Stocks spent the early part of Friday morning chopping between positive and negative territory as investors dissected the February jobs report. However, chaos erupted on Wall Street after regulators shut down Silicon Valley Bank, a regional financial firm that services many of the largest tech companies. What resulted were big losses for the major indexes and substantial slides for a number of bank stocks.
Wall Street had been waiting for the February jobs report with bated breath. It was just earlier this week that Federal Reserve Chair Jerome Powell warned the central bank is prepared to issue more rate hikes if economic data continues to come in strong. Data released earlier underscored a resilient labor market, with the U.S. adding a much higher-than-expected 311,000 new jobs last month. However, the report wasn’t all that bad, with the unemployment rate edging up to 3.6% from 3.4% in January, and the pace of wage growth slowing – good news on the inflation front.
“From an equity market standpoint, the jobs report was mixed but on balance probably better than feared. The headline jobs number was strong but importantly hourly earnings were contained,” says Matt Peron, director of research at Janus Henderson Investors, adding that this should provide some relief that “extremely high rates might not come to pass.” Still, the analyst remains cautious, “as the impact of rates is just starting to appear in the broader economy and inflation is still too high for the Fed’s comfort level.”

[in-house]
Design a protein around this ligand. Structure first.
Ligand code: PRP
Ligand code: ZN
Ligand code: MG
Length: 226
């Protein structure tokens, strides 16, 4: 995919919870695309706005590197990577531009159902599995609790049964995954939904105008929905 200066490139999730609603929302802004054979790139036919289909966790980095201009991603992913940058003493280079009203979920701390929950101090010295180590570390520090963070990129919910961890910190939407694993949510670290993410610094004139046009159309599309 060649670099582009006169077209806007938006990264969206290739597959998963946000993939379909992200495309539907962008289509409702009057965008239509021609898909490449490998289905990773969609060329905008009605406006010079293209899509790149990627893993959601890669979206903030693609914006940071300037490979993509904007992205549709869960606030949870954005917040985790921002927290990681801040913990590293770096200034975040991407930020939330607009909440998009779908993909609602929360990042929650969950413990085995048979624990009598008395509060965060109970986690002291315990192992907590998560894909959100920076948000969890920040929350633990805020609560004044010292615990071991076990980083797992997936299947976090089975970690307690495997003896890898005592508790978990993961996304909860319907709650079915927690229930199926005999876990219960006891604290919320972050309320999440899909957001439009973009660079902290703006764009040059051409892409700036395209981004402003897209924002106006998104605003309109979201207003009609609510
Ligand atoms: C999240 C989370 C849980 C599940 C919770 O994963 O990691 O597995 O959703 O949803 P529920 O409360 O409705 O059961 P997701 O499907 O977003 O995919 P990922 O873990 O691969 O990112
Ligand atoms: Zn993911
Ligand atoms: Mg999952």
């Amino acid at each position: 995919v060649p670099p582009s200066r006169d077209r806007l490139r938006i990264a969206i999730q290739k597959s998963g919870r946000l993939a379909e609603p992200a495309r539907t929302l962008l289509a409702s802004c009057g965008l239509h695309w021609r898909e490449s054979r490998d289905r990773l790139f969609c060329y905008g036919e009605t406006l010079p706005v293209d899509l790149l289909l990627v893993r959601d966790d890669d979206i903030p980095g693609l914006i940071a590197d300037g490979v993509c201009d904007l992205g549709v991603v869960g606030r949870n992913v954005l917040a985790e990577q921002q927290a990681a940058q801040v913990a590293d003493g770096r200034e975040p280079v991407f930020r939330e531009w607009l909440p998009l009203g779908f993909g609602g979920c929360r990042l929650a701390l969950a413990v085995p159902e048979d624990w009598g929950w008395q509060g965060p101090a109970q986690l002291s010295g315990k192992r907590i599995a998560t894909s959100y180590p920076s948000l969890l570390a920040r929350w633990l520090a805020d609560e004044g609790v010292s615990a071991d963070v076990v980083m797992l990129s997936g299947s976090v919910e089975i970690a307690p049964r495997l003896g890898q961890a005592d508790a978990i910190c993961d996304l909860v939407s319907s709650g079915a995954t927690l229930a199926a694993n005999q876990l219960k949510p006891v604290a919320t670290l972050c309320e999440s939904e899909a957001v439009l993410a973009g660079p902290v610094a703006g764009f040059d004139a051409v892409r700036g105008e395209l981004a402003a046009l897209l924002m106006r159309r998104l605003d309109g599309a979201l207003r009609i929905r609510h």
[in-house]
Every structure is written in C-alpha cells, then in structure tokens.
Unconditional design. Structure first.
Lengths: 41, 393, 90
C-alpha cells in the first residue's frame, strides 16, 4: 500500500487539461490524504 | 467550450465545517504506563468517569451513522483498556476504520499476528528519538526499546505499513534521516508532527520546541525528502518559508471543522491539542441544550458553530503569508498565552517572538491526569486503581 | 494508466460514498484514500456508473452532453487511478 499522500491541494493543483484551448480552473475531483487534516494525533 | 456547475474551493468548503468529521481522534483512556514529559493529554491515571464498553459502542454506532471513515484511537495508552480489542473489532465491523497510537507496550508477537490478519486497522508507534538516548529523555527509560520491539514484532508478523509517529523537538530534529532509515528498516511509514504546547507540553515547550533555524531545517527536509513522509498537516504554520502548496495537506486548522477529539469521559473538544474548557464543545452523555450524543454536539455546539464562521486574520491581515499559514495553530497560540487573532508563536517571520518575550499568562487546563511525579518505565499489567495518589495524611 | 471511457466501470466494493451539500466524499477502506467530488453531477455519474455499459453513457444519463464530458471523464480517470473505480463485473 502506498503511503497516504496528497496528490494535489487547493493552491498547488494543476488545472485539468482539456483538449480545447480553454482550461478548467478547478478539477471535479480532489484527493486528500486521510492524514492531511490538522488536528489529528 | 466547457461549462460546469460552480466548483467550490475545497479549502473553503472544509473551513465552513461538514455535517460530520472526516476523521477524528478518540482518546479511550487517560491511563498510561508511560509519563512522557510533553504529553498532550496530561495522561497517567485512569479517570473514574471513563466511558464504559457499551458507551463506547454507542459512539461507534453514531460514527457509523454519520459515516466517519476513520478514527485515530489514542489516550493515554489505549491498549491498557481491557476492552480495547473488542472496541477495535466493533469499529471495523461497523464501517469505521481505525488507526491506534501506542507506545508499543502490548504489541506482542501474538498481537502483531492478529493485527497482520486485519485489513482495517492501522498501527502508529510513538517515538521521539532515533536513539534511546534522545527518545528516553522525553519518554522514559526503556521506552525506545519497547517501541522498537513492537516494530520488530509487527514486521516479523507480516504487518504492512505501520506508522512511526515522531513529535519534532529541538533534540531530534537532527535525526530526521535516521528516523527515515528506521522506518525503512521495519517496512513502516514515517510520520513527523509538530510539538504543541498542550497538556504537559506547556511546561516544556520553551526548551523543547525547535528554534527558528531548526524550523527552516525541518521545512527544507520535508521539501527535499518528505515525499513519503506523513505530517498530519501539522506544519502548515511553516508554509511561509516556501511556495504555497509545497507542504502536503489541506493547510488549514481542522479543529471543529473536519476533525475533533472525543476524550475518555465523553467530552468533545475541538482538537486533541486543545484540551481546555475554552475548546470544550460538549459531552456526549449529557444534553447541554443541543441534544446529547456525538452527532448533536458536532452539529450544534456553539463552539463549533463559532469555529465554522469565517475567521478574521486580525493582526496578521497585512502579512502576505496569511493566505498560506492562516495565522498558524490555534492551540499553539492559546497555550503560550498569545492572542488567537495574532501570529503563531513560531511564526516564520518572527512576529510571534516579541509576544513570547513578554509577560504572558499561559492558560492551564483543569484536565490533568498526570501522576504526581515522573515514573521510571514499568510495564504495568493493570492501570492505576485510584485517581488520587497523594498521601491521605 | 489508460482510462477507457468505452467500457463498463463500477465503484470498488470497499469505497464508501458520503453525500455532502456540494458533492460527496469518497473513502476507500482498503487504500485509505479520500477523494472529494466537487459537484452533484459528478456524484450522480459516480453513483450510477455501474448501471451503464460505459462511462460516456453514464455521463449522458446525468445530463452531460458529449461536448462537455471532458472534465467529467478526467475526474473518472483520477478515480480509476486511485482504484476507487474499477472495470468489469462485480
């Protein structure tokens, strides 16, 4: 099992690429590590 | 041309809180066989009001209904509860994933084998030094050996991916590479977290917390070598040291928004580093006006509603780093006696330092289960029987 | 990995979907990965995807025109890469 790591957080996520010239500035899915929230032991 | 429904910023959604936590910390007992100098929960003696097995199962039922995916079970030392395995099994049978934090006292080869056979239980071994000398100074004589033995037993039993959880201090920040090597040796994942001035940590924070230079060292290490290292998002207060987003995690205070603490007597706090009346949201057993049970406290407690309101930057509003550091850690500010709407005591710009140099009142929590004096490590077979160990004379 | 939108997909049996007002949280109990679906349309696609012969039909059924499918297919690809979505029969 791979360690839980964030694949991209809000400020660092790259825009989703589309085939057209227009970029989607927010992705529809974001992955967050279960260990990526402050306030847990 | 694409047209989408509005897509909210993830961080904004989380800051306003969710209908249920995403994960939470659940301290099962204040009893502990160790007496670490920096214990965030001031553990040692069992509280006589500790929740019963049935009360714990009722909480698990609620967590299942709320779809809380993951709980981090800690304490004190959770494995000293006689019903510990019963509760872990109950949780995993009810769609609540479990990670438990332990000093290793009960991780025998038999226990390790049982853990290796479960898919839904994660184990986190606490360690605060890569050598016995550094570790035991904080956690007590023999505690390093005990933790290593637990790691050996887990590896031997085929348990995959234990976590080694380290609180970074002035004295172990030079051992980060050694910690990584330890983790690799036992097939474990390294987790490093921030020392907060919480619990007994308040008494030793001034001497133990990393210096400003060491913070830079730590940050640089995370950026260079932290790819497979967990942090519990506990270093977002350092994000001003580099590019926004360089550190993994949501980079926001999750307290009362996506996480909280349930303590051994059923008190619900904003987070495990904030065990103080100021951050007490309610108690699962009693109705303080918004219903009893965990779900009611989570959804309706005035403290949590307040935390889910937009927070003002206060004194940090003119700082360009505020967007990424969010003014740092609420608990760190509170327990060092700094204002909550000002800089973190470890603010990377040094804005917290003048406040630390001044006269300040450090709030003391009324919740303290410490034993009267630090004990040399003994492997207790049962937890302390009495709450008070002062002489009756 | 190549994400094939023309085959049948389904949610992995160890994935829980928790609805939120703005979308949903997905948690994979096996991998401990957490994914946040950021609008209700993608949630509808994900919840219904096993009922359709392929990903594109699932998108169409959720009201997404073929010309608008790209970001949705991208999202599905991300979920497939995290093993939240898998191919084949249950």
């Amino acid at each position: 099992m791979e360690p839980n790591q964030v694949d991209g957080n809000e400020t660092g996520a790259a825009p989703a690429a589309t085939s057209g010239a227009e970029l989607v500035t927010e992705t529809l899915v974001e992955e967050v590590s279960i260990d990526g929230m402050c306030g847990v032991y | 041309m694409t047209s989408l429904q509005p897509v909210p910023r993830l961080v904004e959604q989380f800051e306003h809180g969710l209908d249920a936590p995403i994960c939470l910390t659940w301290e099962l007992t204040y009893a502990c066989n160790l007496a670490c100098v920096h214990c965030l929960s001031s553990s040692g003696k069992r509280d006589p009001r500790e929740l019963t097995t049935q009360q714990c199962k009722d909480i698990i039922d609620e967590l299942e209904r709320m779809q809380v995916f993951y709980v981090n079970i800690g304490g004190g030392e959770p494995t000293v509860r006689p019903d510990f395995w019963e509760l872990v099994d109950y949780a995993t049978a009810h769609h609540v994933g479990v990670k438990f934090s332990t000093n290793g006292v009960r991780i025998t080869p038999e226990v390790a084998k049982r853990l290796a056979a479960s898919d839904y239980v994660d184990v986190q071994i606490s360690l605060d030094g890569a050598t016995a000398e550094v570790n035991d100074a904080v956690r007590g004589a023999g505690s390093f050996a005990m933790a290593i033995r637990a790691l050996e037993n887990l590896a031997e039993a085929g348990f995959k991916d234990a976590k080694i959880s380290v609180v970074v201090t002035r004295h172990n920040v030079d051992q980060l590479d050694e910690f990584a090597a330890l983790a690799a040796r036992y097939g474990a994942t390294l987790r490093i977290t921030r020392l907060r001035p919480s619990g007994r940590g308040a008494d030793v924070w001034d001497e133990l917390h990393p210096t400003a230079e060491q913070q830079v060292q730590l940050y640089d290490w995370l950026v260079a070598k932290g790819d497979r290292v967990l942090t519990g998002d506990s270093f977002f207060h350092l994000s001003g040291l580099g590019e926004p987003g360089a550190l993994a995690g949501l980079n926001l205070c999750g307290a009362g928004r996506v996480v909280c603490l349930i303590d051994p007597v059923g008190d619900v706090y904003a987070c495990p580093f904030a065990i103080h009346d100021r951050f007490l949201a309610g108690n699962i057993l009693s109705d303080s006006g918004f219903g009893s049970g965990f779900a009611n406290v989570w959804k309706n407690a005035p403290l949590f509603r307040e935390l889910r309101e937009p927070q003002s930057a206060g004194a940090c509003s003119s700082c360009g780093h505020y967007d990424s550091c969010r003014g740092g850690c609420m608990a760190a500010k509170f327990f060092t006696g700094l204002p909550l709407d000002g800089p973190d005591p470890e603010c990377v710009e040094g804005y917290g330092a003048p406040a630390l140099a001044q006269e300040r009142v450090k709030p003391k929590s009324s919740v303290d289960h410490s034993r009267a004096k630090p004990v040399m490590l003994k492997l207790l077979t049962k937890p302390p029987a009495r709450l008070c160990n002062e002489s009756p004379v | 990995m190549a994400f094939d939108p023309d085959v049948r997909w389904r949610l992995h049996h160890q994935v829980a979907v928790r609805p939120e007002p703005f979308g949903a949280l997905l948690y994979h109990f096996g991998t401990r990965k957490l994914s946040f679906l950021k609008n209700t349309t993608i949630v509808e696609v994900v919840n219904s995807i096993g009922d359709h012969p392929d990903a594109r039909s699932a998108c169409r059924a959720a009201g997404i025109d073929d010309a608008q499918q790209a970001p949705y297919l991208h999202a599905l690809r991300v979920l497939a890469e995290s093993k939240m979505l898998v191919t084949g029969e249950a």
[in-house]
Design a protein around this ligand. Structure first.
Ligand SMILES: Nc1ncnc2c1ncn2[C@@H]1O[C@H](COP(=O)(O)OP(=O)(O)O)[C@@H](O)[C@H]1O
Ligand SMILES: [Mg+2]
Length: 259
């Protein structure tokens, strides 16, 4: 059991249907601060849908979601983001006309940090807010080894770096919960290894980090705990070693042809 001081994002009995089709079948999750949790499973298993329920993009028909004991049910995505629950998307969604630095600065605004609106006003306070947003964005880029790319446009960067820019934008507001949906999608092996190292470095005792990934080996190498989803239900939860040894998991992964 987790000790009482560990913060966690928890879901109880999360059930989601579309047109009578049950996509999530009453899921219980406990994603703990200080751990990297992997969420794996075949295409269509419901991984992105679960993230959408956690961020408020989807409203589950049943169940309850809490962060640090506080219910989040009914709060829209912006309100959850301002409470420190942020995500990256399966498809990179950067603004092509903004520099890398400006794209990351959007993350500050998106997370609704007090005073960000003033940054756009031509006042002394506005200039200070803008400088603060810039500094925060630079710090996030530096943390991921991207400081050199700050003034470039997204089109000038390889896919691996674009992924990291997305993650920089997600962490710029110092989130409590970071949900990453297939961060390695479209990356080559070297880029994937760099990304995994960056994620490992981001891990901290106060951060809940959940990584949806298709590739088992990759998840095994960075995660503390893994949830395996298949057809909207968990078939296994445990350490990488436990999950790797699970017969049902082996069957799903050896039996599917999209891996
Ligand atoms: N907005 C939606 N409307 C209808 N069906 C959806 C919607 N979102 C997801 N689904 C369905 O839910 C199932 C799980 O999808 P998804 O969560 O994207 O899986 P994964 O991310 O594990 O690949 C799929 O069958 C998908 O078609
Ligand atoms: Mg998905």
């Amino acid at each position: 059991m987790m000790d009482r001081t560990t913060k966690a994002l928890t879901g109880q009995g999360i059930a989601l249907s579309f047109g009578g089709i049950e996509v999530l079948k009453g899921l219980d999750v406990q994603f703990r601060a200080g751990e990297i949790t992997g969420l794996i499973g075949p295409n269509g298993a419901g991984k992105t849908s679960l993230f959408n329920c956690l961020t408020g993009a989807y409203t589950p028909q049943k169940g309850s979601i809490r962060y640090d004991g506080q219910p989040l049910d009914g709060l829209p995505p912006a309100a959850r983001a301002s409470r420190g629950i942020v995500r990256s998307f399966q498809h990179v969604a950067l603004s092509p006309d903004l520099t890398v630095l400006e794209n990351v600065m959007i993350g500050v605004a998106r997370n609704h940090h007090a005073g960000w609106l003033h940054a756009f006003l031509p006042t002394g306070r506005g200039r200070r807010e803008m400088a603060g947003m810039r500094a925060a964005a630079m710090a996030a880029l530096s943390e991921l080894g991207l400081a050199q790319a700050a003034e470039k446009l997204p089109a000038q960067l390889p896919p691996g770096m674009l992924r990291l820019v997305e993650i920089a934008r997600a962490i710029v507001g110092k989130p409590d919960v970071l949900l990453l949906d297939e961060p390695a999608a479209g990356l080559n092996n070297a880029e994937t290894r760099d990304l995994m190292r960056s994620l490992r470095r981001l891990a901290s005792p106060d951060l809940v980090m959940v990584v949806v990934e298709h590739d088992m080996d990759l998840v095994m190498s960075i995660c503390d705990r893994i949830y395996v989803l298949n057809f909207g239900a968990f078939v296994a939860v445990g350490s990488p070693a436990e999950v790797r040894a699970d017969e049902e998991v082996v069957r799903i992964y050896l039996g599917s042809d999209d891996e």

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The day’s mood quickly shifted on news that Silicon Valley Bank had collapsed, marking the largest bank failure since the 2008 financial crisis. Shares of SVB Financial Group (SIVB (opens in new tab)) – which owns Silicon Valley Bank – slumped more than 60% Thursday amid serious debt concerns, and were halted earlier today.
“The story began when insiders were advising clients to pull their money out, and as is often the case when financial institutions start to falter, people shot first and asked questions later,” says Louis Navellier, chairman and founder of Navellier & Associates. “Why should this matter? Because fears are high that problems there may spread to other regional banks.”
Indeed, bank stocks were some of the biggest losers on Wall Street today. Among those notching notable losses were Silvergate Capital (SI (opens in new tab), -10.6%), Signature Bank (SBNY (opens in new tab), -22.9%) and First Republic (FRC (opens in new tab), -14.8%).
As for the major indexes, the Dow Jones Industrial Average fell 1.1% to 31,909, the S&P 500 slumped 1.5% to 3,861, and the Nasdaq Composite shed 1.8% to 11,138.
Biden’s budget and investors
We focus on investing in this space, but sometimes it’s just as important to be mindful of other financial topics, like taxes. Take President Joe Biden’s budget for the upcoming fiscal year, which the White House says will reduce the deficit by roughly $3 trillion over 10 years. Among the proposals is a near-doubling of the capital gains tax rate. Additionally, the president’s budget includes a “wealth tax” on the country’s richest people.
“If Biden’s tax plan were enacted, there would be noticeable investor implications,” says Pratik Patel, managing director and head of family wealth strategies, BMO Family Office. However, Patel reminds investors that “Biden’s budget and tax plan is a wish list, especially with a divided Congress. It’s important for investors to take a wait and see approach before making any drastic investment decisions driven by fears of higher taxes in the future.”